- Posted by Johanna on September 14, 2008 at 12:00 pm
- Category: Books and Prose
- CREDITS: edited by Frenchy Lunning
- PUBLISHER: University of Minnesota Press; $19.95 US
Ed reviewed the first issue of this academic journal comprehensively. In the interests of catching up, I will be much briefer when it comes to the second. I was intrigued by the theme, since it promised to explore sexual imagery, gender roles, and otaku fantasies.
Unfortunately, the entries I sampled didn’t live up to the premise. I’d only read two of them when I remembered why I gave up reading academic works. I find them troublesome if you’re unfamiliar with the works under discussion, because you can’t easily evaluate the author’s positions or claims. If you are familiar with the work, then it’s frustrating to wade through the paragraphs of description, a poor substitution for showing examples of the work itself. Yet, due to ever-more-restrictive copyright laws (and possibly the costs of image reproduction compared to text), visual examples are few and far between. Plus, the tone is often dry, with flat statements following after each other separated only by footnote numbers.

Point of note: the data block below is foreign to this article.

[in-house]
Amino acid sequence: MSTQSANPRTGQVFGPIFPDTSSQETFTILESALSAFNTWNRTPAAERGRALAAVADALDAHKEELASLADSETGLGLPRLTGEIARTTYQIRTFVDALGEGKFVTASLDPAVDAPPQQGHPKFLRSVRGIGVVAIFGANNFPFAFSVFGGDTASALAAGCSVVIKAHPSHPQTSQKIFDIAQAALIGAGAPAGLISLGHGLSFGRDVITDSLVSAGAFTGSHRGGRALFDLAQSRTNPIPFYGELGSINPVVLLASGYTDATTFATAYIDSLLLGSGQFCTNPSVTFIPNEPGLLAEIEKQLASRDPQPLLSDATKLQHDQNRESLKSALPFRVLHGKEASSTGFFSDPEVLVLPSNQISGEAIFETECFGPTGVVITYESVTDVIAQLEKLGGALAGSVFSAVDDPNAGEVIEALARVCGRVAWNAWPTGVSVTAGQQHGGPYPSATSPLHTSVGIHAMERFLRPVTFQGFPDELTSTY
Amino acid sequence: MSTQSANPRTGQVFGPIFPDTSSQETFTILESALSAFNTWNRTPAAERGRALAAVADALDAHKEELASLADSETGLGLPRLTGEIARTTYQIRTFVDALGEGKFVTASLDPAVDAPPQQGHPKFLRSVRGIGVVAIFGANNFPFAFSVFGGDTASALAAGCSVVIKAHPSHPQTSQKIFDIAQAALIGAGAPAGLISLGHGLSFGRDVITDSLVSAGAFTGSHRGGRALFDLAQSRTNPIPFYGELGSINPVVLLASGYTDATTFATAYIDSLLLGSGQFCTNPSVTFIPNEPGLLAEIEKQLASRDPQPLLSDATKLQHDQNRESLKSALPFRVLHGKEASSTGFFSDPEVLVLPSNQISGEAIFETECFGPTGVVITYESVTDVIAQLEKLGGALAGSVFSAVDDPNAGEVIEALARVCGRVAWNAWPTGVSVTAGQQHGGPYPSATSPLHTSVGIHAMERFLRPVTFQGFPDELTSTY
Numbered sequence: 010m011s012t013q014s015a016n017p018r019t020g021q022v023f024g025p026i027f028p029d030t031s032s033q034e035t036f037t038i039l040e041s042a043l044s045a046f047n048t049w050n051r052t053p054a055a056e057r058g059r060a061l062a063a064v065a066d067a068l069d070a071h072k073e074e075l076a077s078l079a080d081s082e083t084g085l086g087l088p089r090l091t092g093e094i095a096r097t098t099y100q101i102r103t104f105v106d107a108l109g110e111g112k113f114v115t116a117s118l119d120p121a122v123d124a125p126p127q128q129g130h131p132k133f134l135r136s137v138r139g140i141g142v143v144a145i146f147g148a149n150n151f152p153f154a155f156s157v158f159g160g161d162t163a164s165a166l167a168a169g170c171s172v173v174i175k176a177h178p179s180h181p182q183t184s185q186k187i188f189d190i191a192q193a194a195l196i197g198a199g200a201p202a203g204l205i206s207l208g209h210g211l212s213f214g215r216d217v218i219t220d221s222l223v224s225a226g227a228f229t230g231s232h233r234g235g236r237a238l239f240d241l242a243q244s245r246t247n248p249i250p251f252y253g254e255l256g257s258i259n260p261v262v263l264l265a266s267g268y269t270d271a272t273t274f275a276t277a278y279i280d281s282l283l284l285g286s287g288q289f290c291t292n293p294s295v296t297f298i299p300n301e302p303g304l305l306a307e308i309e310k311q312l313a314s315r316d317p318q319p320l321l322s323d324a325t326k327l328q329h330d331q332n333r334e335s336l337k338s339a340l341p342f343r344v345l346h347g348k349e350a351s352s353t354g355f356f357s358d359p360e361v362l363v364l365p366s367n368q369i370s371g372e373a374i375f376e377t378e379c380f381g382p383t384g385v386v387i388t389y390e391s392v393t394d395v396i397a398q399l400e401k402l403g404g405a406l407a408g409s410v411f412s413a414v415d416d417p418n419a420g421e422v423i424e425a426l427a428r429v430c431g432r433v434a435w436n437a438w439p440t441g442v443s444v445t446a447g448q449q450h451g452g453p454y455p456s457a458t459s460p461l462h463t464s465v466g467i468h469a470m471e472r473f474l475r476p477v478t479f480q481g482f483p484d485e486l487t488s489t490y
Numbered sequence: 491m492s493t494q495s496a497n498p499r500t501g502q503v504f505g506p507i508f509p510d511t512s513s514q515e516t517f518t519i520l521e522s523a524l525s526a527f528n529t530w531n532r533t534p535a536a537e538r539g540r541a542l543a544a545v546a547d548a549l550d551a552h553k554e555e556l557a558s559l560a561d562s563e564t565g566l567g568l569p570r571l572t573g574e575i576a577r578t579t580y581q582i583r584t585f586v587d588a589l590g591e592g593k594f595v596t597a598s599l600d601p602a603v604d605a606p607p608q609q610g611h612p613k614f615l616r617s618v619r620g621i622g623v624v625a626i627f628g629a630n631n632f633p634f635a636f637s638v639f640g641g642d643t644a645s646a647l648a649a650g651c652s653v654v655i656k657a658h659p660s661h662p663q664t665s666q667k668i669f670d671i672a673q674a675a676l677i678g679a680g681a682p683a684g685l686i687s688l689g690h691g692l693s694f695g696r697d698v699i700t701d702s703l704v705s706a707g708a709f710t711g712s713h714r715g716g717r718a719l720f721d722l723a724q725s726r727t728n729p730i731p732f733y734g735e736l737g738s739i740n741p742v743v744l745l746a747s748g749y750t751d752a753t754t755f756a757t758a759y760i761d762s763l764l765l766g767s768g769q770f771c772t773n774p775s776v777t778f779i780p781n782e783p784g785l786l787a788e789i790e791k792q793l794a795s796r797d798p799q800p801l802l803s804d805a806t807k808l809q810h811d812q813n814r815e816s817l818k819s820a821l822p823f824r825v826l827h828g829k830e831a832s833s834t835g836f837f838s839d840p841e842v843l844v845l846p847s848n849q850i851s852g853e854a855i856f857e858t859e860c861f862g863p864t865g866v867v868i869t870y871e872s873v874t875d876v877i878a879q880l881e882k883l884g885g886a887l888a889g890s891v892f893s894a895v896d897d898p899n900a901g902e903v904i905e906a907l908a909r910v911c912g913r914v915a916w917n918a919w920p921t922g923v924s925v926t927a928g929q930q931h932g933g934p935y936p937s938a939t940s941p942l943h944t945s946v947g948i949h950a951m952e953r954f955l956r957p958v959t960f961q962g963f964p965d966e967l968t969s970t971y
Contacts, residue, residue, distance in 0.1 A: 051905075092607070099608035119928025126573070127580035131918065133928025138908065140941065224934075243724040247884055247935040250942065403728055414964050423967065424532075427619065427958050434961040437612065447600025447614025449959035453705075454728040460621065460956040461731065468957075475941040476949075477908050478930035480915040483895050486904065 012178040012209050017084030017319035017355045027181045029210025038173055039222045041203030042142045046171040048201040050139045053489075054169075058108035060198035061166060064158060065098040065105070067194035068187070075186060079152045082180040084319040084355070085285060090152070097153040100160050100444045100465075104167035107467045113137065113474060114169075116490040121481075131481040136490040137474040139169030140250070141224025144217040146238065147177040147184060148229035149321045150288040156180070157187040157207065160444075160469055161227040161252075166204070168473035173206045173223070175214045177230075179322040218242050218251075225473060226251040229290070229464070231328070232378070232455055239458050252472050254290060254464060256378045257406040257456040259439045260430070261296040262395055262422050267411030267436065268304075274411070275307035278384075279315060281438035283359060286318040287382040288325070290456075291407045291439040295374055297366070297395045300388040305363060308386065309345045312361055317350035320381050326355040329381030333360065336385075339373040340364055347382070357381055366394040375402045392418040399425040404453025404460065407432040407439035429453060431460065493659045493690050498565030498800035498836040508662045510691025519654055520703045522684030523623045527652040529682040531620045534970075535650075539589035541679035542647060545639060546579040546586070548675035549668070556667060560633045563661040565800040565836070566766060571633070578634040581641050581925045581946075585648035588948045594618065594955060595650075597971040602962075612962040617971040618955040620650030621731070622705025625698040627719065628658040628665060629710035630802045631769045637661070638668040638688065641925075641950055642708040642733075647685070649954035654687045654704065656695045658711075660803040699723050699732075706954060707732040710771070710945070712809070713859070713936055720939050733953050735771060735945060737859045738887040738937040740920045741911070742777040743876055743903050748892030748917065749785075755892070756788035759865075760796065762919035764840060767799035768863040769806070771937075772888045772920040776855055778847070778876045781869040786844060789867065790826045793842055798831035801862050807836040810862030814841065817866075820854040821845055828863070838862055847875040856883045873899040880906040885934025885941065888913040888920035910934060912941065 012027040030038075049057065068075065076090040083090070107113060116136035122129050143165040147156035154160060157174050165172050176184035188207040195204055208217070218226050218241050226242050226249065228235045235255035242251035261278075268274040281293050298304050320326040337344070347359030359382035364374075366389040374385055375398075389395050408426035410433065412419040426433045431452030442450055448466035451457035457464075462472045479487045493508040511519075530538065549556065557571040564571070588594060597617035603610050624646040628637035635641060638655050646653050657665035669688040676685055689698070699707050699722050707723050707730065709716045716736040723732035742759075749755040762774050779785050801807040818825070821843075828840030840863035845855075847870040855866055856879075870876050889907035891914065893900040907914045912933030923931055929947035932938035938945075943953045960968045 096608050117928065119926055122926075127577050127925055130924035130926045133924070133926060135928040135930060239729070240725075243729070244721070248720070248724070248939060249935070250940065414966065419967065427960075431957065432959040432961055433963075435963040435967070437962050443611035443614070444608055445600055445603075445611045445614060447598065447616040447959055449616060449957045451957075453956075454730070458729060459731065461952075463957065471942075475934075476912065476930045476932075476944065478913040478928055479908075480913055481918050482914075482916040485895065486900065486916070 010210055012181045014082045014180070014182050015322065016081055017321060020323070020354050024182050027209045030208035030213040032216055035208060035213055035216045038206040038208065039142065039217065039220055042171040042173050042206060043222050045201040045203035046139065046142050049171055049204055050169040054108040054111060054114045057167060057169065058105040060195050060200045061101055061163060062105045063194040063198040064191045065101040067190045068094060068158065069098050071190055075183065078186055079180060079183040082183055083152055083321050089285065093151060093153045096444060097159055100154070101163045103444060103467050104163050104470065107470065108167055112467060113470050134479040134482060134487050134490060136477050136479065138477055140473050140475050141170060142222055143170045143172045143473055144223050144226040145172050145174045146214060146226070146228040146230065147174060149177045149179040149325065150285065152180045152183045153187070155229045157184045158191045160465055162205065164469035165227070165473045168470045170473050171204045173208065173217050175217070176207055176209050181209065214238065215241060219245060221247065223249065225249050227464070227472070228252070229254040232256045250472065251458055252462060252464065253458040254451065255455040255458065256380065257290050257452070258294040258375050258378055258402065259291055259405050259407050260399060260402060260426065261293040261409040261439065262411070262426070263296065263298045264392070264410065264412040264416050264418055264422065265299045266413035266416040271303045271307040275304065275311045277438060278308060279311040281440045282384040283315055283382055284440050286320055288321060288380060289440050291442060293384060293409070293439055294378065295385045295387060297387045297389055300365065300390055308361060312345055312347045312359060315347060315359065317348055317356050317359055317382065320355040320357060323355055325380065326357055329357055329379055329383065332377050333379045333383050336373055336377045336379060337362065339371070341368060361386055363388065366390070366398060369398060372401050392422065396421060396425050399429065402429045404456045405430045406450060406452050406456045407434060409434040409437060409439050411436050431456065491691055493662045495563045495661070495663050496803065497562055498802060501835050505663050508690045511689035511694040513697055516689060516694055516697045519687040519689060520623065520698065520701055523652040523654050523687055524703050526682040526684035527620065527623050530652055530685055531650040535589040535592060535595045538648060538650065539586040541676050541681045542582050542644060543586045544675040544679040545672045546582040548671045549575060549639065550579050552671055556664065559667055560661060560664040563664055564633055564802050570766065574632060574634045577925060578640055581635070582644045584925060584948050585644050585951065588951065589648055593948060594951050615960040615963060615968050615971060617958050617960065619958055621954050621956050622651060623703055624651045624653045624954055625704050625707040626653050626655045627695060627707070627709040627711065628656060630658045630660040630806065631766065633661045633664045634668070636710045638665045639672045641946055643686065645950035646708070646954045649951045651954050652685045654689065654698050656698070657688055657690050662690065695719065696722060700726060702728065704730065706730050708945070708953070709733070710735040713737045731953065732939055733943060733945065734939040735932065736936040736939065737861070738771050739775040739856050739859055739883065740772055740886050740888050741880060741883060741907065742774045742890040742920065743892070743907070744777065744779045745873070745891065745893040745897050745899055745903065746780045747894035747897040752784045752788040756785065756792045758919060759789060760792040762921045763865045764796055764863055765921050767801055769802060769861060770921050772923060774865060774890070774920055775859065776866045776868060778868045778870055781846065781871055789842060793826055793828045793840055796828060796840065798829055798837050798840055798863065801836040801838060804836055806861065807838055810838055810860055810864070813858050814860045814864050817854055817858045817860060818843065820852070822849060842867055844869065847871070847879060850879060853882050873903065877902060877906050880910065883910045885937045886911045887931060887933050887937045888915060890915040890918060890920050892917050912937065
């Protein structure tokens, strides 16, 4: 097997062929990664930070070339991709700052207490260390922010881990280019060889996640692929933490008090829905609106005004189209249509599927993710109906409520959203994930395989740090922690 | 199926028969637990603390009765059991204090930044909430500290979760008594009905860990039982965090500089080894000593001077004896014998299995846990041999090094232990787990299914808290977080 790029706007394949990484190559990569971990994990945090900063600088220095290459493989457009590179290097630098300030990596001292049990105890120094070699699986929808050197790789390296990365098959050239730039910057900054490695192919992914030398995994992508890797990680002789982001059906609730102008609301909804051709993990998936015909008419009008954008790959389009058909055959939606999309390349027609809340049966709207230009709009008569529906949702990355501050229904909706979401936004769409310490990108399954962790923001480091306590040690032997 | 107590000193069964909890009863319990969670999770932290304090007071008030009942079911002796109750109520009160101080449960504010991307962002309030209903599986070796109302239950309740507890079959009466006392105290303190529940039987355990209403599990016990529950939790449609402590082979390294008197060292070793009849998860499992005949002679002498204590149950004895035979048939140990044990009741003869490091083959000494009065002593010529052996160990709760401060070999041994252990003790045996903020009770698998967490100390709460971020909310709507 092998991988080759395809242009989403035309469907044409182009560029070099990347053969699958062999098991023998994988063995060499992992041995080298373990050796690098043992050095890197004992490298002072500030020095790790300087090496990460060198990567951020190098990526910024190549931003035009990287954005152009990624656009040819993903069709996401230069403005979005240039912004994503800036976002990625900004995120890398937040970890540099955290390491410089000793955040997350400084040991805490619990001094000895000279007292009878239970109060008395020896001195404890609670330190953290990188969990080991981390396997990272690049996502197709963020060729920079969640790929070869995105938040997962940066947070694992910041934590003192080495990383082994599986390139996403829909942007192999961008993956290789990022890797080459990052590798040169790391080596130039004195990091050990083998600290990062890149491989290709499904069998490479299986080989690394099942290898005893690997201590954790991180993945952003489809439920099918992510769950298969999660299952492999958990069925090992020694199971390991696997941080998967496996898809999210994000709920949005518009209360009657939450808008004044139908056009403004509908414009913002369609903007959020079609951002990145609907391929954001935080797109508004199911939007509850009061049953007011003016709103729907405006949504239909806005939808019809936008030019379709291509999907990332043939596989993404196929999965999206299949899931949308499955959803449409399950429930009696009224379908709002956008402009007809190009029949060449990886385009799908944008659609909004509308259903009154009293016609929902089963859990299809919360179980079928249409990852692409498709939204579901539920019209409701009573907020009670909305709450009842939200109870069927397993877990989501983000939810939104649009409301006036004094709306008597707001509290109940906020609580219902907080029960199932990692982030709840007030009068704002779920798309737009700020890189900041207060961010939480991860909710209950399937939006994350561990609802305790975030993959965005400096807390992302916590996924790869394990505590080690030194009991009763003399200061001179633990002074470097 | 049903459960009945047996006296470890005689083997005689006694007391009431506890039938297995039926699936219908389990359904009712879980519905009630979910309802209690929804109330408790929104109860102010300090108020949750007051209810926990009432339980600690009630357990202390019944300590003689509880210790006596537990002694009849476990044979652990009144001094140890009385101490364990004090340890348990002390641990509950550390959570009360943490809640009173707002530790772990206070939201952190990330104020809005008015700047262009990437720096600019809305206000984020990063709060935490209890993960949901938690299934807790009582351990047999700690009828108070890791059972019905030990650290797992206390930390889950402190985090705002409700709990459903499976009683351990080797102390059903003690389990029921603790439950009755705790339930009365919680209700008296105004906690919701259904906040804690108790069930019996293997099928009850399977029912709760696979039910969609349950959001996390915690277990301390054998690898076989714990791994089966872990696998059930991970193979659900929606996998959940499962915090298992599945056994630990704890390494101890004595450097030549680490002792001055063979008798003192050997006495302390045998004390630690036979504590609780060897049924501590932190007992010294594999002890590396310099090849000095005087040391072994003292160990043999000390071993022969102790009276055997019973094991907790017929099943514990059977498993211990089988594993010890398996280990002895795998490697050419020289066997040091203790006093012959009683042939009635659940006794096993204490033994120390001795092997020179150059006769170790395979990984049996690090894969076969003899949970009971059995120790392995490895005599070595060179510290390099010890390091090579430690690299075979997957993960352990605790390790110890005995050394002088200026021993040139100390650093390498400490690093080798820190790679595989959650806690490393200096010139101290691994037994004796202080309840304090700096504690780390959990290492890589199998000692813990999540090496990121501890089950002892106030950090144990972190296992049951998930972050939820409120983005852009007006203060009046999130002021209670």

The first section covers shojo with papers on The Rose of Versailles (which I would really like to read some day, instead of only reading about it), a museum exhibit called Shojo Manga, Ranma 1/2 fan fiction (is Ranma really shojo?), comparing The Stepford Wives to Kamikaze Girls (with absolutely no pictures, a terrible lack for an essay about doll-like appearances), and a yaoi story. This is a rather mixed bag, obviously.
The subjects strike me as either too much for the space of 12 pages or so or not really related to the topic. (I suspect, when it comes to assembling yearly journals like this, that many authors submit already written works that are loosely covered by the subject umbrella, and the editor has to select from what they have available.) Some start much too broadly, while others assume no familiarity with their topics and explain many basics to the reader (an unlikely assumption for the audience for this collection). Some seem just to want to write about a favorite anime or manga, with not much of an argument or position about it. This is not a flaw of this book, particularly, but of the expectations of academic writing and the conventions of the style.
My favorite piece was a short essay in the back by Trina Robbins about what a manga adapter does and why it’s a bad idea to get rid of them (a cost-cutting measure Viz has apparently taken in favor of one person who can both translate and rewrite). I’m very glad a series like this exists, but I can’t recommend it to a general audience. More popular journalism for me, please, with more pictures.